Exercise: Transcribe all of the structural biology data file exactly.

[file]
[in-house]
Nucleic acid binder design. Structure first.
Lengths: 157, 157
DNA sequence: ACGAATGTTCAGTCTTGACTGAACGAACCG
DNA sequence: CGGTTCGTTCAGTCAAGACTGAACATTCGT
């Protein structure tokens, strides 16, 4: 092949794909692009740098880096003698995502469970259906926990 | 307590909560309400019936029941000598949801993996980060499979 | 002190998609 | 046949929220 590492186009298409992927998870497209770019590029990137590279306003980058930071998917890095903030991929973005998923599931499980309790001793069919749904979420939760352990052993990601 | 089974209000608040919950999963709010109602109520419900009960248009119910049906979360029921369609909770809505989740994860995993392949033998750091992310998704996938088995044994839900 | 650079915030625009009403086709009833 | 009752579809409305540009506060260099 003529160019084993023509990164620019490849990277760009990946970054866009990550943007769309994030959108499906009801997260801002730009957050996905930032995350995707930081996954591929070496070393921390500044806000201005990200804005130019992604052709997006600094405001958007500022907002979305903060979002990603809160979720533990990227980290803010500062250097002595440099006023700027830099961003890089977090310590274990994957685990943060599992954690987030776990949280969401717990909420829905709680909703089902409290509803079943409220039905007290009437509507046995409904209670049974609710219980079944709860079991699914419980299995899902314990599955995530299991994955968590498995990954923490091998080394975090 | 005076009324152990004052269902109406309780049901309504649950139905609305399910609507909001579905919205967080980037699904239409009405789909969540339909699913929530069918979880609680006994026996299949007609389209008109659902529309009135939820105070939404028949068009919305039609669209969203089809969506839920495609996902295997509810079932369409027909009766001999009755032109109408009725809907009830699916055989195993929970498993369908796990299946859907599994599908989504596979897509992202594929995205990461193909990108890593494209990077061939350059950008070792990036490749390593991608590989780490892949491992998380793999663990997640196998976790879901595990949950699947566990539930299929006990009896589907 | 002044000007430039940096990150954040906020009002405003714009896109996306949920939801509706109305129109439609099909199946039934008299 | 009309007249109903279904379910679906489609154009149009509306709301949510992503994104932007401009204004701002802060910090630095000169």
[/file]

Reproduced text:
[in-house]
Nucleic acid binder design. Structure first.
Lengths: 157, 157
DNA sequence: ACGAATGTTCAGTCTTGACTGAACGAACCG
DNA sequence: CGGTTCGTTCAGTCAAGACTGAACATTCGT
């Protein structure tokens, strides 16, 4: 092949794909692009740098880096003698995502469970259906926990 | 307590909560309400019936029941000598949801993996980060499979 | 002190998609 | 046949929220 590492186009298409992927998870497209770019590029990137590279306003980058930071998917890095903030991929973005998923599931499980309790001793069919749904979420939760352990052993990601 | 089974209000608040919950999963709010109602109520419900009960248009119910049906979360029921369609909770809505989740994860995993392949033998750091992310998704996938088995044994839900 | 650079915030625009009403086709009833 | 009752579809409305540009506060260099 003529160019084993023509990164620019490849990277760009990946970054866009990550943007769309994030959108499906009801997260801002730009957050996905930032995350995707930081996954591929070496070393921390500044806000201005990200804005130019992604052709997006600094405001958007500022907002979305903060979002990603809160979720533990990227980290803010500062250097002595440099006023700027830099961003890089977090310590274990994957685990943060599992954690987030776990949280969401717990909420829905709680909703089902409290509803079943409220039905007290009437509507046995409904209670049974609710219980079944709860079991699914419980299995899902314990599955995530299991994955968590498995990954923490091998080394975090 | 005076009324152990004052269902109406309780049901309504649950139905609305399910609507909001579905919205967080980037699904239409009405789909969540339909699913929530069918979880609680006994026996299949007609389209008109659902529309009135939820105070939404028949068009919305039609669209969203089809969506839920495609996902295997509810079932369409027909009766001999009755032109109408009725809907009830699916055989195993929970498993369908796990299946859907599994599908989504596979897509992202594929995205990461193909990108890593494209990077061939350059950008070792990036490749390593991608590989780490892949491992998380793999663990997640196998976790879901595990949950699947566990539930299929006990009896589907 | 002044000007430039940096990150954040906020009002405003714009896109996306949920939801509706109305129109439609099909199946039934008299 | 009309007249109903279904379910679906489609154009149009509306709301949510992503994104932007401009204004701002802060910090630095000169």